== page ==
By Paige Campbell
Eighth-grader Jarod Knight is having trouble with his homework.
At his school in mountainous southeast Ohio, many class projects involve using the school’s broadband internet connection. But if Knight can’t finish during class, those assignments — like a weather-tracking science project — go home with him.
That’s the trouble. Getting online is tricky in Knight’s rural community. Dial-up service is increasingly obsolete for many modern websites. Satellite internet is often unreliable. And his family lives outside the service zone of every land-based high-speed internet provider in the area.
The expectations Knight faces aren’t unusual. The National School Boards Association reported in 2007 that 96 percent of school districts permitted teachers to assign internet-based homework. Yet in Knight’s home state, a non-profit called Connect Ohio recently found lower graduation rates among students lacking home high-speed internet.
That disparity is one reason Connect Ohio’s mission is to bring high-speed, or broadband, internet to every Ohio household. In the state’s Appalachian region, that’s a tall order. Barely half currently use broadband. In a 2011 survey, mountain residents cited many reasons shared by non-users statewide. Tight budgets. Security concerns. Lack of interest.
But one reason looked very different in the mountains. Asked why they didn’t use broadband at home, Appalachian Ohioans were nearly three times as likely to answer, “Because it’s not available.”
The problem is simple, says Connect Ohio’s executive director, Stu Johnson: broadband is like pizza. And the pizza guy won’t come that far from town.
“Imagine you want to sell thirty pizzas,” Johnson says. “What’s your best bet? [To sell pizzas to] thirty people in one apartment complex, or thirty houses spread along a five-mile stretch of road with a mean dog?”
“The carrier has to get so many dollars per mile of copper or cable or fiber in order to make a reasonable return on investment,” he explains. A far-flung population is discouraging enough. Rough topography also means that a mile between houses might actually demand three miles of cable.
A decade ago in the mountains of southwest Virginia, Jim Baldwin and the Cumberland Plateau Planning District Commission faced a similar problem. An economic development strategy team had determined that attracting high-paying jobs to Appalachian Virginia would require a modern telecommunications framework.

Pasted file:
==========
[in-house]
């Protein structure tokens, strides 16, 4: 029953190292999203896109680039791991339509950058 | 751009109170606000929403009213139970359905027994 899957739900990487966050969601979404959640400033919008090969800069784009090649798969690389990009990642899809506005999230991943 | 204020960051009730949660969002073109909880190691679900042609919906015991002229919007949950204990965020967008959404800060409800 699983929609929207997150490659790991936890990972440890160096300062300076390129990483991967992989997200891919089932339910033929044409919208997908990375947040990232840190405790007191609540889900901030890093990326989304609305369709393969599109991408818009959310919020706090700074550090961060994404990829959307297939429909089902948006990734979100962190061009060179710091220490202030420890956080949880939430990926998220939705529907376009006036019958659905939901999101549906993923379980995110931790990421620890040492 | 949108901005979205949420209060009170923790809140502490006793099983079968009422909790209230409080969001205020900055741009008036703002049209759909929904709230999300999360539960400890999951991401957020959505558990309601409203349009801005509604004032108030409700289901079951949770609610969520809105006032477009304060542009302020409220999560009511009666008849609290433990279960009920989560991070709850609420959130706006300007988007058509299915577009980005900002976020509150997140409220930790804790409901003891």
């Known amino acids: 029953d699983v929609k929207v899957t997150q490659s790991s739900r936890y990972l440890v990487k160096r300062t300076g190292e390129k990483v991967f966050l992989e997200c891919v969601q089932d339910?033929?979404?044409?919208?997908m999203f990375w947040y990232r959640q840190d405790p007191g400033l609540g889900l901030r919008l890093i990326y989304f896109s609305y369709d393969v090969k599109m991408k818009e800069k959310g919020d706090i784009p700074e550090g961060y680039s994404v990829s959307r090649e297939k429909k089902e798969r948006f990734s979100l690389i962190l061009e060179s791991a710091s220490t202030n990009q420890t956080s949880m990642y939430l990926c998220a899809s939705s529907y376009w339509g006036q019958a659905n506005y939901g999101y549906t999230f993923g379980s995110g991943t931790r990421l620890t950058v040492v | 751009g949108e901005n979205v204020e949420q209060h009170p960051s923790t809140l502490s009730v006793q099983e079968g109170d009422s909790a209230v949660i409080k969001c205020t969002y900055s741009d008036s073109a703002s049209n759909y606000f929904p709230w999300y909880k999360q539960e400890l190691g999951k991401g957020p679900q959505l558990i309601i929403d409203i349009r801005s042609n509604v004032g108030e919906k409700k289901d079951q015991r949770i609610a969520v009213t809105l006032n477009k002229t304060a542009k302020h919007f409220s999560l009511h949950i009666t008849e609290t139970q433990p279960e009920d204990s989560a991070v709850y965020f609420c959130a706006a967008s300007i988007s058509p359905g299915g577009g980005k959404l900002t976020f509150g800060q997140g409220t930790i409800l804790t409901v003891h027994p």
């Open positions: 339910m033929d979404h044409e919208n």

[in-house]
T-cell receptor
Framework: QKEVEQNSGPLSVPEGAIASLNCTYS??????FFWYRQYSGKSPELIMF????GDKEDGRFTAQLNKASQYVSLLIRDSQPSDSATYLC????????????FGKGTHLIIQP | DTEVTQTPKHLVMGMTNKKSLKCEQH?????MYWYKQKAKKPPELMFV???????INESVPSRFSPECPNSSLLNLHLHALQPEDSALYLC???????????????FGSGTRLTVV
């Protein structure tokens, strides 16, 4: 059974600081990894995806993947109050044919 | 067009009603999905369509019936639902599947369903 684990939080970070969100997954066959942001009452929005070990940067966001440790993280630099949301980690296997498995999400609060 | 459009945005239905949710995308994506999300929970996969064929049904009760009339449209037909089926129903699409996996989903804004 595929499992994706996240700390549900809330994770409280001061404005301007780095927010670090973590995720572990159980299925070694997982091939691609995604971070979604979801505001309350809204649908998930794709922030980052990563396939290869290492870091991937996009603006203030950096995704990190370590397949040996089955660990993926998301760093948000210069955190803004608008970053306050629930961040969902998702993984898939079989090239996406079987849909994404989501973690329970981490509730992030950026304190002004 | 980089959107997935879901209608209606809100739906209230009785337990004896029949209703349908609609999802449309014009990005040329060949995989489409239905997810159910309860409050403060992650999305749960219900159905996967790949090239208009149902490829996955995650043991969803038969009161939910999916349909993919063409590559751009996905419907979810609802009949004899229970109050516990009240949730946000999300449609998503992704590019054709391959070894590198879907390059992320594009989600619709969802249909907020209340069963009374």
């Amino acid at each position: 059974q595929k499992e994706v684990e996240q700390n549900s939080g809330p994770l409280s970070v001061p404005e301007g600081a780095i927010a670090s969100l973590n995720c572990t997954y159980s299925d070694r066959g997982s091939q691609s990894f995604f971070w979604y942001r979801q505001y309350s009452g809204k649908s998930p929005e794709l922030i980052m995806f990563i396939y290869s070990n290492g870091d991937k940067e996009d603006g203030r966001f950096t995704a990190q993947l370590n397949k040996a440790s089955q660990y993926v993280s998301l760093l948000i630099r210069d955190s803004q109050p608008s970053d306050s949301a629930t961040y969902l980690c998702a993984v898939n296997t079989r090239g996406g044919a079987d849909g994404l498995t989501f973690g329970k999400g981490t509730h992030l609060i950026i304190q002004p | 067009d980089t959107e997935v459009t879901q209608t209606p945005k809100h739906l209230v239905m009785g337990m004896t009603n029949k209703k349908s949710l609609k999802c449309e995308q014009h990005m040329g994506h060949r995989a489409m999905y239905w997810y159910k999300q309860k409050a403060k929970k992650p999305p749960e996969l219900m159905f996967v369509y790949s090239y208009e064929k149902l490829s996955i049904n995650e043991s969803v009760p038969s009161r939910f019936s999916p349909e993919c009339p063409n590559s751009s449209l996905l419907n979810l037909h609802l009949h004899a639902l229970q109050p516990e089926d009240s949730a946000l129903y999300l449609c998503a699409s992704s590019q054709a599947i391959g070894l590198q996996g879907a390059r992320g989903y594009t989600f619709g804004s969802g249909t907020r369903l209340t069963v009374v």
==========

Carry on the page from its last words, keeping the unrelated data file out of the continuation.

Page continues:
Waiting for companies to build that framework wasn’t going to cut it, so Baldwin’s group applied for a grant from the federal Economic Development Administration. That grant, matched by funds drawn from a legal settlement with the tobacco industry, allowed the Commission to partner with the city of Bristol and begin subsidizing broadband connections for regional businesses.
Since 2003, the project — with help from federal stimulus funds — has brought high-speed internet to nearly 500 businesses in the region, including small family shops, schools, hospitals, and large businesses like information-technology company CGI.
Baldwin credits supportive lawmakers, particularly then-Congressman Rick Boucher, with getting the ball rolling. “With very high unemployment because of the mechanization of the coal industry, he saw this as a 21st century strategy to create new opportunities,” Baldwin says.
In the southwest Virginia town of Lebanon, aerospace and defense company Northrop Grumman offers one such opportunity; it opened an IT center there largely because of an existing telecommunications infrastructure Baldwin calls “comparable to anything you’d find in northern Virginia or Silicon Valley.”
Connect Ohio wants a similar broadband network to eventually blanket their state. Through training programs, hardware upgrades, incentives for providers, and legislation, the organization is making Ohio more attractive to businesses and helping individuals access the many advantages Stu Johnson says broadband offers. From searching for a job to providing home-based health care, day-to-day tasks are increasingly internet-dependent.
For Jarod Knight, the task at hand is schoolwork. Without a dependable connection at home, he often stays with his grandmother 40 minutes away, where broadband is available, just to get his homework done.
“I love to have Jarod stay with me,” his grandmother says. “But it’s very difficult for him when [he can’t] be at home and sleep in his own bed.”
Stu Johnson worries that technological advancements will only widen the gap for students like Knight. Companies find it more profitable to upgrade service for existing customers than extend service to new ones, meaning bandwidth for some will increase while students without broadband will be left in the dust.
Still, business is business. Johnson’s goal: to tweak the economics just enough to get rural folks their pizza, for everyone’s benefit.